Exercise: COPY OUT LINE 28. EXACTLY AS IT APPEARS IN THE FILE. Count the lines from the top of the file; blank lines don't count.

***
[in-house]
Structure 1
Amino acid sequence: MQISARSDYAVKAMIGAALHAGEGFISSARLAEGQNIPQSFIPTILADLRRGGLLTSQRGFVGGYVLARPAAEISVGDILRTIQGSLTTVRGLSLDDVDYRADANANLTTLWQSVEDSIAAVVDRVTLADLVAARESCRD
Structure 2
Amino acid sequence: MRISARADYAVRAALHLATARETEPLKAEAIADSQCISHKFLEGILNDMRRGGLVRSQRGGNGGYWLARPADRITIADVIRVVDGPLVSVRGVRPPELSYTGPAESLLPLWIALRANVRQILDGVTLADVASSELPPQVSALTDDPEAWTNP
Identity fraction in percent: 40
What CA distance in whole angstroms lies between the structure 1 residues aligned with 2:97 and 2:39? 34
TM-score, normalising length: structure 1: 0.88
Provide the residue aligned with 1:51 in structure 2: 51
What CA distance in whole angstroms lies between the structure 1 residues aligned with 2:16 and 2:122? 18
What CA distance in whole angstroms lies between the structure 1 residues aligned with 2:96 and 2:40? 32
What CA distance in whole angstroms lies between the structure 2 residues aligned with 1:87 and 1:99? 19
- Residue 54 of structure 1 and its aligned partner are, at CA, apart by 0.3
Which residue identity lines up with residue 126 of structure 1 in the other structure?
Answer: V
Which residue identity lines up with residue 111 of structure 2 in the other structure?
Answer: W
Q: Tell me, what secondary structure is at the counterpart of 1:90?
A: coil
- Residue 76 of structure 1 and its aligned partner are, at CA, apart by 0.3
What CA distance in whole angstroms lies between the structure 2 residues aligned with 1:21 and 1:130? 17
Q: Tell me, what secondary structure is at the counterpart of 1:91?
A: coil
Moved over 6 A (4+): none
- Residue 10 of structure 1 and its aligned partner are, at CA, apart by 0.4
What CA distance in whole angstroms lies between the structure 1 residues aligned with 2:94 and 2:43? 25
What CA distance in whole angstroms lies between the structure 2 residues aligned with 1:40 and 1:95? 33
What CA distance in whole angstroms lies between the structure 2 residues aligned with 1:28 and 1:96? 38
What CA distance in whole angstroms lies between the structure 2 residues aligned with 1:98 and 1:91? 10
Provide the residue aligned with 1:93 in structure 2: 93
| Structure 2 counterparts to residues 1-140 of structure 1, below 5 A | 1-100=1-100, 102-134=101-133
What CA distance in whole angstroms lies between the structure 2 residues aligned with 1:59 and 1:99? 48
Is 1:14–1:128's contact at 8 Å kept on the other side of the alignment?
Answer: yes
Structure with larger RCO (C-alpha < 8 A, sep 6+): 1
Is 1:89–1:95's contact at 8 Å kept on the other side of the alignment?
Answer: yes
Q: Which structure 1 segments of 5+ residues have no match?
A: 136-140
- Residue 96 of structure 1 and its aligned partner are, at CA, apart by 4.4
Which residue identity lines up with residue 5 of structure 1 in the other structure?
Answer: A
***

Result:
What CA distance in whole angstroms lies between the structure 2 residues aligned with 1:28 and 1:96? 38